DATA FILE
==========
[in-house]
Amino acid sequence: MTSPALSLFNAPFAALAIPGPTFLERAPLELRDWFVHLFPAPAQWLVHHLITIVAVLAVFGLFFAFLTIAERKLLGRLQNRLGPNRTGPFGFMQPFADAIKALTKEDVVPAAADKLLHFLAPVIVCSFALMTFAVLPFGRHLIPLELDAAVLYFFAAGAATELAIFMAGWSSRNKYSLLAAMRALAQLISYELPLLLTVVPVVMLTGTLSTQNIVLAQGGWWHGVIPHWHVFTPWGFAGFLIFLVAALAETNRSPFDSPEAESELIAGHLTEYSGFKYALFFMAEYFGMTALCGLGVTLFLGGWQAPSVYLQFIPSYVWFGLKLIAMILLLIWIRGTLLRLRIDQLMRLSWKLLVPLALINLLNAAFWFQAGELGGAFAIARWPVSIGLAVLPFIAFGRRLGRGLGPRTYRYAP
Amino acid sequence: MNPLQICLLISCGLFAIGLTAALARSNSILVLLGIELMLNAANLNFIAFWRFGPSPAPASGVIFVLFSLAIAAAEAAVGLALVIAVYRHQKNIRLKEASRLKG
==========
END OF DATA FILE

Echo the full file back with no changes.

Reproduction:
[in-house]
Amino acid sequence: MTSPALSLFNAPFAALAIPGPTFLERAPLELRDWFVHLFPAPAQWLVHHLITIVAVLAVFGLFFAFLTIAERKLLGRLQNRLGPNRTGPFGFMQPFADAIKALTKEDVVPAAADKLLHFLAPVIVCSFALMTFAVLPFGRHLIPLELDAAVLYFFAAGAATELAIFMAGWSSRNKYSLLAAMRALAQLISYELPLLLTVVPVVMLTGTLSTQNIVLAQGGWWHGVIPHWHVFTPWGFAGFLIFLVAALAETNRSPFDSPEAESELIAGHLTEYSGFKYALFFMAEYFGMTALCGLGVTLFLGGWQAPSVYLQFIPSYVWFGLKLIAMILLLIWIRGTLLRLRIDQLMRLSWKLLVPLALINLLNAAFWFQAGELGGAFAIARWPVSIGLAVLPFIAFGRRLGRGLGPRTYRYAP
Amino acid sequence: MNPLQICLLISCGLFAIGLTAALARSNSILVLLGIELMLNAANLNFIAFWRFGPSPAPASGVIFVLFSLAIAAAEAAVGLALVIAVYRHQKNIRLKEASRLKG